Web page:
...the time horizon of your investment strategy--and your ability to actively manage risk--will likely dictate your next move.
Well she's walking through the clouds
With a circus mind that's running wild
So there I was, sitting in the television studio Monday afternoon in the middle of the Bloomberg World Headquarters. It was a quiet day in the markets, due in equal part to the Columbus day holiday and the brilliant sunshine that littered the
I had my shtick down. After all, I write about the markets all day and think about them most nights. As the lights flashed to life and the camera turned my way, I began my bent on the relevance of the commodity action and the newfound trigger that is the U.S Dollar.
"Commodities, as measured by the CRB, broke the five-year uptrend six weeks ago," I offered as they ran the attendant chart, "I thought, thus far incorrectly, that this would weigh on equities through the lens of asset class deflation vs. dollar devaluation."
Pulling up a chart of the Dollar Index, we eyed the very same dynamic in reverse. "The dollar, as measured by the DXY, is now probing the five year downtrend. If this pops through to the upside, it would be another significant sign that the great reflation trade may be unwinding."
As we turned our attention to the equity realm, interviewer Michael Mckee asked me what I thought of the S&P. "They act great!" I said as a reflex, somewhat surprised by the tone of my own voice. "S&P 1340 and BKX 114, if you're a short-term trader, offer excellent defined risk parameters for a long side try. As long as those levels hold, the upside deserves the benefit of the doubt."
Wait a minute!
Massive macro imbalances lining up for the bears?
Near-term technical winds at the back of the bulls?
What's a trader to do?
"I think it's important for investors to respect--but not defer to--the price action as there are alotta moving parts in the globalization trade that's taken place since the back of the bubble." Indeed, the time horizon of your investment strategy--and your ability to actively manage risk--will likely dictate your next move.
Circling back to commodities, which may still serve as a precursor to equity action, we touched on the vicious 15% break in the last two months. When asked if this is a healthy pause, I again pointed to the context of time.
"I've been a big commodity bull in terms of energy and metals over tech and financials on a secular basis. I think what we're seeing now is a cyclical downturn within a secular context (remember, the most vicious corrections occur in the context of a bull market).
With that said, we must listen to the markets and hear what they're saying. If asset classes as a whole benefited from the liquidity-based reflation trade, you can actually make the case that equities and commodities are in the same boat versus the dollar."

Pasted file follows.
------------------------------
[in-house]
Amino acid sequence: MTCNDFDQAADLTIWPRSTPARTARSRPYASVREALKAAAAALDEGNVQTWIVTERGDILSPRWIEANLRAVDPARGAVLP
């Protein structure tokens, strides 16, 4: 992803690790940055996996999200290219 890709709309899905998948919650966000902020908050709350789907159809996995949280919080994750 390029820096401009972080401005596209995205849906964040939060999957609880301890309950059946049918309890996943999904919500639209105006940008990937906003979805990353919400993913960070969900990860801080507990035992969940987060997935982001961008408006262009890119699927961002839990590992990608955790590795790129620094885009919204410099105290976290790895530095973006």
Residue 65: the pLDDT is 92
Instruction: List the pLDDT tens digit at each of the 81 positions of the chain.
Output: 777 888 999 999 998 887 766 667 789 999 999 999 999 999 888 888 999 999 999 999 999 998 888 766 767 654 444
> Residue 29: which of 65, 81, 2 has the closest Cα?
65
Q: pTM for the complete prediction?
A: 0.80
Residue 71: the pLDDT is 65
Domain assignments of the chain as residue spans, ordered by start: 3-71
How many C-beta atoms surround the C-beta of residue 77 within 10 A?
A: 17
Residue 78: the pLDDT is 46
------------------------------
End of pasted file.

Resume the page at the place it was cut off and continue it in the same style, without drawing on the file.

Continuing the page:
And if the dollar breaks out to the upside, it will offer yet another headwind for stocks.
Given that the path to our ultimate financial destination is defined by the profits of our journey, we must balance our four primary metrics and assimilate them in kind.
The technical picture is bullish (above S&P 1340 and BKX 114).
The structural picture is tilting bearish (will confirm with further dollar strength).
Fundamentals are coming down the pipe (starting with Alcoa this evening).
Psychology, the most intangible of our inputs, is either in the midst of a bullish migration or the early stages of bearish denial, depending on the next five percent.
Any way you slice it, the risks inherent in the equity realm are increasing in a cumulative, ongoing basis. The compression in volatility and complacency suggested by various sentiment measures talk to this evolution although, please remember, they're not downside causation. In fact, until they matter, they'll serve as noisy distractions in the ongoing and ever-present performance anxiety that's come to define our immediate gratification marketplace.
With an avalanche of earnings on deck, I'll ask you to please maintain your perspective as the news files through the pipe. While some will view our current juncture as a Goldilocks environment, I'll offer that simply we're stuck between heretofore perception of higher inflation and the looming reality of a global slowdown.
That may not matter as we put one foot in front of the other. But for those looking to book a longer upside vacation, you might want to check the cancellation policy on your buy ticket.
Good luck today.
Todd Harrison is the founder and Chief Executive Officer of Minyanville. Prior to his current role, Mr. Harrison was President and head trader at a $400 million dollar New York-based hedge fund. Todd welcomes your comments and/or feedback at firstname.lastname@example.org.
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